How to Measure for and Cut Custom Exterior Stair Stringers
Just because pre-cut stair stringers are sold in many building supply stores doesn’t mean they will be best for your outdoor project. Stairs are a connection between two different elevations and the best results are reached by creating a custom stringer built for the specific site conditions you will encounter. The result of using off-the-shelf stringers to construct a set of deck stairs will almost always lead to an inequality in riser height at the top or bottom of the stairs, which can be unsafe for climbing. In the built environment your body makes assumptions that stairs will be consistent in height, and when they’re not people can trip and fall.
I think people often avoid cutting their own stringers because they are intimidated to do so, and yet it’s an easily attainable and rewarding skill to possess. I’ll walk you through how to measure for, mark and cut a pair of stair stringers for a deck that will fit consistently every time so you can approach your next stair-building project with confidence.
Using either a long level, or a level attached to a long piece of material, rest one end on the upper deck surface, and adjust for level. Measure from the underside of the level or straight-edge to the point where the stairs will sit to determine your overall rise.
Triangular Plywood Guide
One option to mark the cuts is to cut a piece of plywood into a triangle, with one edge the rise and another the run. Attach a cleat to the hypotenuse and use it to mark the stringer.
Carpenters’ Square Guide
A carpenters’ square, equipped with stair gauges, will allow you to mark the cuts needed.
Make the Cuts
A circular saw is a common way to make most of the cuts. The remaining material on the underside of the stringer will have to be cut with a hand saw.
Rather than risk making stringers that aren't identical, after cutting the first one, and ensuring it's correct, lay the cut stringer on top of the other, clamp it in place, and mark all of the cuts.
Rise and run
Stair basics include understanding that each set of stairs has a total rise and total run, and an equal incremental rise and run for every step of that stair. The individual run of a stair step is called its tread, typically a 2x piece of lumber that your feet will step on, and a 1x riser forms a barrier to stop your toes from going through, and gives strength to the tread’s leading edge. First you need to figure out the total rise and run of the set of stairs, and to do so you’ll need to determine what you’ll be using for stair treads, how steep you want the stairs to be, and locate exactly where they will land.
Using two 2×6 stair treads separated by a 1/4″ gap for water drainage is standard, but you could go with one 2×6 beside a 2×8 if you want a deeper tread and more gentle stair climbing experience. You’ll next need to figure out if the risers will be open, or if you will be adding a riser board. When you add up the width of the tread boards you’ll be using, plus the spacing gap between them, subtract the width of the riser board and subtract the overhang you want and you will be left with your stringer tread cut length. For example, with a double 2×6 tread with riser it would be 5-1/2″ board + 1/4″gap + 5-1/2″ board – 3/4″ riser – 3/4″ overhang, equaling 9-3/4″. So you know that for every step you will come out horizontally 9-3/4″ from the edge of the deck’s skirt board.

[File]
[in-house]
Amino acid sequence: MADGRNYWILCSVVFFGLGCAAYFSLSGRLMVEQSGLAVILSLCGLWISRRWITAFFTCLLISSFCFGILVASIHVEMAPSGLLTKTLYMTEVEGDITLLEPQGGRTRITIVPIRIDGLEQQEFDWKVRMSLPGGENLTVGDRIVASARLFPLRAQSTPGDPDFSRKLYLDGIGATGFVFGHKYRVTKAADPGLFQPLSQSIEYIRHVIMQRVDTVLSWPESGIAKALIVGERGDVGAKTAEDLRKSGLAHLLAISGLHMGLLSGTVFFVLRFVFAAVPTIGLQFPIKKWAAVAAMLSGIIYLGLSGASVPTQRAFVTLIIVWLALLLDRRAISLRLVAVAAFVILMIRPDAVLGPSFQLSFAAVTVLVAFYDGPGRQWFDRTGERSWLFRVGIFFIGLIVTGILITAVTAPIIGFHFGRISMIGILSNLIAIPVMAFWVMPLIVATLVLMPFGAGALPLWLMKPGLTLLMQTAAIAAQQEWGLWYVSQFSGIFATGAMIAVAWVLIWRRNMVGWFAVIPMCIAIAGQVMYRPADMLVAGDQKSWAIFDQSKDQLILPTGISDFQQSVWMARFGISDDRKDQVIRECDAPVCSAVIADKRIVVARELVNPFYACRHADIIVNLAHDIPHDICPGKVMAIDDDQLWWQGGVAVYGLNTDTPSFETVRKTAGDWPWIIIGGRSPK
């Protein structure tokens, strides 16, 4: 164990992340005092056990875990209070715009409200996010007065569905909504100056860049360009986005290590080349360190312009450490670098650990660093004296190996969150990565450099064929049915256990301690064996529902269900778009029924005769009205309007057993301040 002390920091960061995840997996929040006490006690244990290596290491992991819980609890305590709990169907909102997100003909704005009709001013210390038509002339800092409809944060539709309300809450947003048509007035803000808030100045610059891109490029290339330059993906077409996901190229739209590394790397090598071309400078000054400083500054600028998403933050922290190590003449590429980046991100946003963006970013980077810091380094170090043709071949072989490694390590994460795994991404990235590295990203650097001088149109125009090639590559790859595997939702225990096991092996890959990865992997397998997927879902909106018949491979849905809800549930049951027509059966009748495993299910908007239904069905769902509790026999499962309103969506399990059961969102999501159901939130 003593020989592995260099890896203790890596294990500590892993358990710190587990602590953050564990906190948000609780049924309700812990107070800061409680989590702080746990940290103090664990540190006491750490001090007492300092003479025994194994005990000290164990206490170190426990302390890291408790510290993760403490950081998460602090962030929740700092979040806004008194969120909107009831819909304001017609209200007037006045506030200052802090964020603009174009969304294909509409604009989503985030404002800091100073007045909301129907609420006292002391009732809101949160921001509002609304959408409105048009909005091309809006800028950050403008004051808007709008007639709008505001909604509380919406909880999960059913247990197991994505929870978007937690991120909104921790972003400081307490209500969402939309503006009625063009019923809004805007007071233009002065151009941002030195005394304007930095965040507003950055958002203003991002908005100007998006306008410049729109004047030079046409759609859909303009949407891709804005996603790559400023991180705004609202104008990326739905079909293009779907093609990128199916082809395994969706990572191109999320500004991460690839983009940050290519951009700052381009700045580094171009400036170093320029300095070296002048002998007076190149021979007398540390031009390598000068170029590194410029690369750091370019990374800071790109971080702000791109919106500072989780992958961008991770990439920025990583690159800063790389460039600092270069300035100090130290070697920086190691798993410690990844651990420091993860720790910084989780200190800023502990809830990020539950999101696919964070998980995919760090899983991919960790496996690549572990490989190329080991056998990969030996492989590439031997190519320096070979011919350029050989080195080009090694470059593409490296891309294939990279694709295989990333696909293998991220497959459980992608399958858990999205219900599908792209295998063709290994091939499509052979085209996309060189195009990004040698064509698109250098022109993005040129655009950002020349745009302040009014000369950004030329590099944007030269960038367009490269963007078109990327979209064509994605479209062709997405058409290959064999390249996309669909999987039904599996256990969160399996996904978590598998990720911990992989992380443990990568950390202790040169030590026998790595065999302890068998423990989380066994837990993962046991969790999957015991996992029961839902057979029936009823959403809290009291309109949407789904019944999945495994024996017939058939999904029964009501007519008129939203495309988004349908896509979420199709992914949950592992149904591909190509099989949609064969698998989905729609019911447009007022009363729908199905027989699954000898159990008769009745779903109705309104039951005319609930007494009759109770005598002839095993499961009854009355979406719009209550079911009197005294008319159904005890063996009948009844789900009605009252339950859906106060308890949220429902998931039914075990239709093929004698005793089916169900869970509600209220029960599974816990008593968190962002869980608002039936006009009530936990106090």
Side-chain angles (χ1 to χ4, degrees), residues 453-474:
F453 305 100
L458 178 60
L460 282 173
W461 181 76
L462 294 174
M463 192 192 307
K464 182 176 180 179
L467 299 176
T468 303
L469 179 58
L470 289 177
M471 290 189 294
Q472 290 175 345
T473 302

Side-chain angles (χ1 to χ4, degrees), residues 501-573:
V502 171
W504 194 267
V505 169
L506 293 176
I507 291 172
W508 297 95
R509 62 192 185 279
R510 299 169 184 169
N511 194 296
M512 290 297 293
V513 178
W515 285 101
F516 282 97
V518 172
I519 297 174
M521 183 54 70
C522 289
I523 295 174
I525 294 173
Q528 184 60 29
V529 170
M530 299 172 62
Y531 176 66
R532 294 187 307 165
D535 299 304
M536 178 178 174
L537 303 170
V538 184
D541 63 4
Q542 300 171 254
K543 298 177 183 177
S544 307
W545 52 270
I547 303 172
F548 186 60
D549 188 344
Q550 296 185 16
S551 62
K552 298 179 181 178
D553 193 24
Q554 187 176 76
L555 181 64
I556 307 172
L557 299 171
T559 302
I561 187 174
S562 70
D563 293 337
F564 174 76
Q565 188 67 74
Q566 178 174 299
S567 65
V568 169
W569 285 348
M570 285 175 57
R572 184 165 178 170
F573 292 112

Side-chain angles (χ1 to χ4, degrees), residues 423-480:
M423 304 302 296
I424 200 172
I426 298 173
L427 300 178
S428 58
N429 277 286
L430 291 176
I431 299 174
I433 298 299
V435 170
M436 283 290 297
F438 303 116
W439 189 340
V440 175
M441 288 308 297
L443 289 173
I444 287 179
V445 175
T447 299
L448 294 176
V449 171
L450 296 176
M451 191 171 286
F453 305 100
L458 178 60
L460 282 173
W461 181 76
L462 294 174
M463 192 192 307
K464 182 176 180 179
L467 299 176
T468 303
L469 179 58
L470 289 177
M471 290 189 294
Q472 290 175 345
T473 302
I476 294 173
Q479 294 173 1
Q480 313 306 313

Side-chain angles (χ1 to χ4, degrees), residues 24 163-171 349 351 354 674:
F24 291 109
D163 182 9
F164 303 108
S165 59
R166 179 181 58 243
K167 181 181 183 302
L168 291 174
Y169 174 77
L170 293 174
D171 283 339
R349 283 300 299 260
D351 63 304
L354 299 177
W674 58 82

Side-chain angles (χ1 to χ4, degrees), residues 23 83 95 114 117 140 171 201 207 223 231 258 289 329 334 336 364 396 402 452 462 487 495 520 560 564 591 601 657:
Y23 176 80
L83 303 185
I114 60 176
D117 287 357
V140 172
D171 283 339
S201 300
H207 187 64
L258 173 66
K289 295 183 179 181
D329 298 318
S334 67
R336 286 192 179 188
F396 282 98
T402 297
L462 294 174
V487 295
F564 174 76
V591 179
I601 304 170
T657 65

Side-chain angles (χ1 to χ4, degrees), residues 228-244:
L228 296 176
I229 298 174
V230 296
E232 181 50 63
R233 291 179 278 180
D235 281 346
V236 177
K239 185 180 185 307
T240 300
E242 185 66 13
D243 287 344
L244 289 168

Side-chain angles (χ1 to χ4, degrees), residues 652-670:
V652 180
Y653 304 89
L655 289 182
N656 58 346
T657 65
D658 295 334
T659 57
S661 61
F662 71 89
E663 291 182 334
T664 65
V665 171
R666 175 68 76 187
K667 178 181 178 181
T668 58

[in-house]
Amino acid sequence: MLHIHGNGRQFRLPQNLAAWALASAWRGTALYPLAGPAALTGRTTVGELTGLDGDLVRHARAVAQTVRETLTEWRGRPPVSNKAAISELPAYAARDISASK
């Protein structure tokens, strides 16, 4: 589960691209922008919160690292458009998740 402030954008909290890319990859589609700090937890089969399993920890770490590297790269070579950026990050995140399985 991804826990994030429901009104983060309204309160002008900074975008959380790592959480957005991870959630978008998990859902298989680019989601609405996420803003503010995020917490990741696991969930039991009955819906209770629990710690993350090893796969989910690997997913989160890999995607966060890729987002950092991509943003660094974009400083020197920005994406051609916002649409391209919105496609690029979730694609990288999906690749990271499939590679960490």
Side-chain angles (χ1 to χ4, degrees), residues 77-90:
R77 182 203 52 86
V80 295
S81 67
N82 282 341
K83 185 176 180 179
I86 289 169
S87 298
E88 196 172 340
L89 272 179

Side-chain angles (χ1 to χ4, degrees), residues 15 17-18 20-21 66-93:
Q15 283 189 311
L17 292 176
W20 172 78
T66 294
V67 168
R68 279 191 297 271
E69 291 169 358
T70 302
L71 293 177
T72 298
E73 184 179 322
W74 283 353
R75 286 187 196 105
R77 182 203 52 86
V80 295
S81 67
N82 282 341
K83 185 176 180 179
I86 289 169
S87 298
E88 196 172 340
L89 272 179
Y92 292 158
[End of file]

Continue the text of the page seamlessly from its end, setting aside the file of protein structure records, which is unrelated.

Measuring rise and run
If you’re building a set of stairs from one level deck or platform to another the next step is relatively easy, but if you’re trying to figure out where the stairs will land on sloping or uneven ground you’ll need to hone in somewhat through a process of estimating, and then refine your measurements when you figure out how many risers and treads there will be. The bottom of your stringers will ideally land on a flat surface that will not shift seasonally — such as a concrete pad with good drainage beneath it, or asphalt, limestone screenings, etc.
To start to measure for total rise place a level (or a level on a straight piece of lumber on edge) on the top of the deck and cantilever it overtop of the lower area where you want the stairs to land. You may need to raise or lower it to get it level, then measure from the underside of your straight-edge to the ground. Let’s say your measurement is 47″. Take that measurement and divide it by a 7″ average riser height. You get 6.7 risers, so you’ll need to round up to seven risers for your stairs. Dividing 47″ by seven risers you’ll end up with seven risers at 6-11/16″ each. You’ll need one less tread than you will number of risers if you step down from your deck to your first stair tread. So, knowing that your tread depth is 9-3/4″ (or whatever you have decided from your earlier calculations) you will multiply that by your six treads and come up with 58-1/2.” Ensure your level or straight-edge projects out at that distance from the leading edge of the deck and check your total rise measurement. If the ground has sloped you will need to recalculate a more accurate riser height. Let’s say you re-measure 47-3/4.” That will be your total rise, which divided by seven risers will give you a stringer riser cut height of 6-13/16″.